Walt Disney (NYSE:DIS) has chosen Impossible Foods as its preferred provider for plant-based meat alternatives. That designation that could see Impossible Burgers appear on menus at restaurants all across Disney World and Disneyland, and on Disney cruise ships.

Although there is no requirement any restaurant actually serve the faux meat burger, gaining the Disney stamp of approval gives Impossible Foods a significant advantage.

Woman taking a big bite of a burger

Image source: Getty Images.

The meat case is getting crowded

The theme-park operator said in a blog post last year that plant-based dining would soon be a feature at its restaurants and would include more than simply burgers. Among the menu items expected were plant-based dumplings, tofu bowls, and cashew-based cheesecakes.

Faux beef burgers are arguably a much bigger addition if only because of the growing popularity of the meat alternative in casual and fast-food chains. Impossible Foods and rival Beyond Meat have been adding to their growing roster of restaurant partners using their protein substitutes.

While Burger King is expanding the Impossible Whopper's presence, Beyond Meat is featured at numerous McDonald's restaurants in Canada. Both, however, are facing increased competition from larger, better-financed consumer products companies including Kellogg, Nestle, and Tyson Foods.

Perhaps the biggest challenge to Impossible Foods and Beyond Meat was the announcement Monday by agribusiness giant Cargill, which said it would be introducing a private-label plant-based beef alternative for retailers and restaurants beginning in April.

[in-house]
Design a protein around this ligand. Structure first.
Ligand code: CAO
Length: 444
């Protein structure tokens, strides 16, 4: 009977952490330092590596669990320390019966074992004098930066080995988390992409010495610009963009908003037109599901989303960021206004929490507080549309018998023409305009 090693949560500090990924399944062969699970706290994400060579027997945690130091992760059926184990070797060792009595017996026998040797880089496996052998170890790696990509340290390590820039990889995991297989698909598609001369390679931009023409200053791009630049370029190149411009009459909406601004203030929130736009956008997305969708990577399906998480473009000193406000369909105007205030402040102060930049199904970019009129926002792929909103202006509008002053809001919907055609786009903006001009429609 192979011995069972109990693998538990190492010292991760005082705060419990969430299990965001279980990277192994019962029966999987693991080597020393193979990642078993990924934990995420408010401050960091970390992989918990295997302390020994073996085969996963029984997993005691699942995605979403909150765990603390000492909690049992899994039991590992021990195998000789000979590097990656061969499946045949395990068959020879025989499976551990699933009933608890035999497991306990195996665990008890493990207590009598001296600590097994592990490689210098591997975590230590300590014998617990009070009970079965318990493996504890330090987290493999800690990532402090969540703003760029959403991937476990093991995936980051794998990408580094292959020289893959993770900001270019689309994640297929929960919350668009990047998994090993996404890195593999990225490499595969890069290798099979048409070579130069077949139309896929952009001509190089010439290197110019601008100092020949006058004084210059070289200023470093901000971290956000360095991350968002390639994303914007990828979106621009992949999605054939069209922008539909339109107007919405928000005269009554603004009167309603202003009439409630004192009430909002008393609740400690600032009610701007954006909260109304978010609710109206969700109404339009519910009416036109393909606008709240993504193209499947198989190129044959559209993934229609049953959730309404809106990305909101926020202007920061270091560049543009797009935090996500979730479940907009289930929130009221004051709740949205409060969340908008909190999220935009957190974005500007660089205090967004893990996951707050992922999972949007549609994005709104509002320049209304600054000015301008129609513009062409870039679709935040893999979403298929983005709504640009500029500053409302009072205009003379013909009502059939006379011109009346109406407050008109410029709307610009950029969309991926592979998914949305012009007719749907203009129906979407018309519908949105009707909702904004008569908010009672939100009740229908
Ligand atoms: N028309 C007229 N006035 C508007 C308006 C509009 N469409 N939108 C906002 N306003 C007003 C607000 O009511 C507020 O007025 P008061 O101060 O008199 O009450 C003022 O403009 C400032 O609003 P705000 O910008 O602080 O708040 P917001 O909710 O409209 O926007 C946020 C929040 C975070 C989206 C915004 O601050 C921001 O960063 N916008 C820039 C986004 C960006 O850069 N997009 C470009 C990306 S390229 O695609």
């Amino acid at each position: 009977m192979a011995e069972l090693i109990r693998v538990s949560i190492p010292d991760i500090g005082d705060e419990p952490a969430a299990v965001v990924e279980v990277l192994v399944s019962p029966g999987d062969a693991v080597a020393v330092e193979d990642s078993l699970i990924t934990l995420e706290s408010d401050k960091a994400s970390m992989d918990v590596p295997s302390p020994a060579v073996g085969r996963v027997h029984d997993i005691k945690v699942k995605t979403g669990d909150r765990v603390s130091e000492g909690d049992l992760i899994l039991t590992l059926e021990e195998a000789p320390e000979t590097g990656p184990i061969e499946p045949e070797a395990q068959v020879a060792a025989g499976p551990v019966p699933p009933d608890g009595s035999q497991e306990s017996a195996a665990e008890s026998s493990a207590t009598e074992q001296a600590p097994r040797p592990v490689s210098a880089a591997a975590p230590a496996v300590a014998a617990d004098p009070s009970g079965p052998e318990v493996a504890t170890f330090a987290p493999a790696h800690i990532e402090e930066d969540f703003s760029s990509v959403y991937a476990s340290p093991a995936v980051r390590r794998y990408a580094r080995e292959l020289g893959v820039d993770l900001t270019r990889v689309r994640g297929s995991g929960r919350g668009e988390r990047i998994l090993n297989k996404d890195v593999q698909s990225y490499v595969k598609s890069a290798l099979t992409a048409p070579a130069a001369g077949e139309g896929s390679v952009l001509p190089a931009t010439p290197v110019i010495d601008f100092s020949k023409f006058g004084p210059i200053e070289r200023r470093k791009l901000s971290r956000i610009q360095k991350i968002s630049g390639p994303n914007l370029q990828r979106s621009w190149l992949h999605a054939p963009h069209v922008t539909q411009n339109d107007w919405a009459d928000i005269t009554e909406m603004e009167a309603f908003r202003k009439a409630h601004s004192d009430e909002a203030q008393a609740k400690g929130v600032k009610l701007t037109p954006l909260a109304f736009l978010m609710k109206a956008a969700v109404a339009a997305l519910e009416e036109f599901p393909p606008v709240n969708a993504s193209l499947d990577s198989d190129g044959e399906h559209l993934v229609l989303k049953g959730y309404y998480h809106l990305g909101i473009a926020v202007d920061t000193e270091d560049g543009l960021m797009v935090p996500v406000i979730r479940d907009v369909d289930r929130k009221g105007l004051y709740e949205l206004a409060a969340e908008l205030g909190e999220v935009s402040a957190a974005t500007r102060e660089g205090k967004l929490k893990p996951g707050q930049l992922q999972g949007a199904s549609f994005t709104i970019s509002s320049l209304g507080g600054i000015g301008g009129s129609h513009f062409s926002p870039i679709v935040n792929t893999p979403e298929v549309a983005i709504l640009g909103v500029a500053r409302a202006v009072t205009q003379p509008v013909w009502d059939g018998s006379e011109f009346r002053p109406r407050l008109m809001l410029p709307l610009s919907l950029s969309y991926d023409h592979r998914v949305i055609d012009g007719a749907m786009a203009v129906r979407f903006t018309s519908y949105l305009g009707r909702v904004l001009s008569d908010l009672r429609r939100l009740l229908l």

It has been a difficult road to profitability for these meat-substitute makers, and the possibility of their premium product becoming commoditized by white-label alternatives could undermine the effort. With a pound of ground Beyond Meat costing $10 at a grocery store, or more than twice that of real ground beef, a low-cost meat substitute could easily steal sales. 

Ready for a hungry crowd

Which is why Disney giving Impossible Foods its imprimatur is timely. While Disney doesn't provide attendance numbers from its theme parks, the Themed Entertainment Association estimates there were 157 million visitors to Disney parks in 2018, though it's expected to be slightly lower for 2019.

Still, that's a massive audience for the faux-meat company, even if its burgers don't appear on the menus of all restaurants in the parks. There are hundreds of restaurants spread across the parks and on the cruise ships, and while many are small specialty dining spots, even a handful of the major restaurants would be important outlets.

Impossible Foods President Dennis Woodside told CNN Business: "There's a level of trust associated with Disney. If Disney put us on the menu, then people are more likely to try it."

Opening up a big opportunity

Plant-based meat substitutes are still a small segment of the overall industry, but they are growing rapidly. The Plant Based Foods Association says the meat category hit $800 million in sales last year, up 10%, and now accounts for 2% of the total meat segment.

And there are more chances to grow. A survey by the International Food Information Council found only half of respondents had tried a plant-based meat alternative, suggesting there was a lot more upside to be had.

Although there are a lot more alternatives coming to market, the key will be taste, which both Impossible Foods and Beyond Meat have won accolades for. That will be crucial for retaining customers, particularly as low-cost competitors enter the market.

Ready to grow

Yet it was only a month ago that Impossible Foods CEO Pat Brown told Reuters it would be "stupid" for his company to pursue business with McDonald's because it couldn't keep up with demand, and "having more big customers right now doesn't do us any good until we scale up production."

While he walked back the quote the next day, and Disney isn't on the same scale as the fast-food giant, this partnership suggests it may have gotten past the qualms and bottlenecks that prevented Impossible Foods from pursuing big customers. It could be a hint that it's ready for more restaurant deals in the future.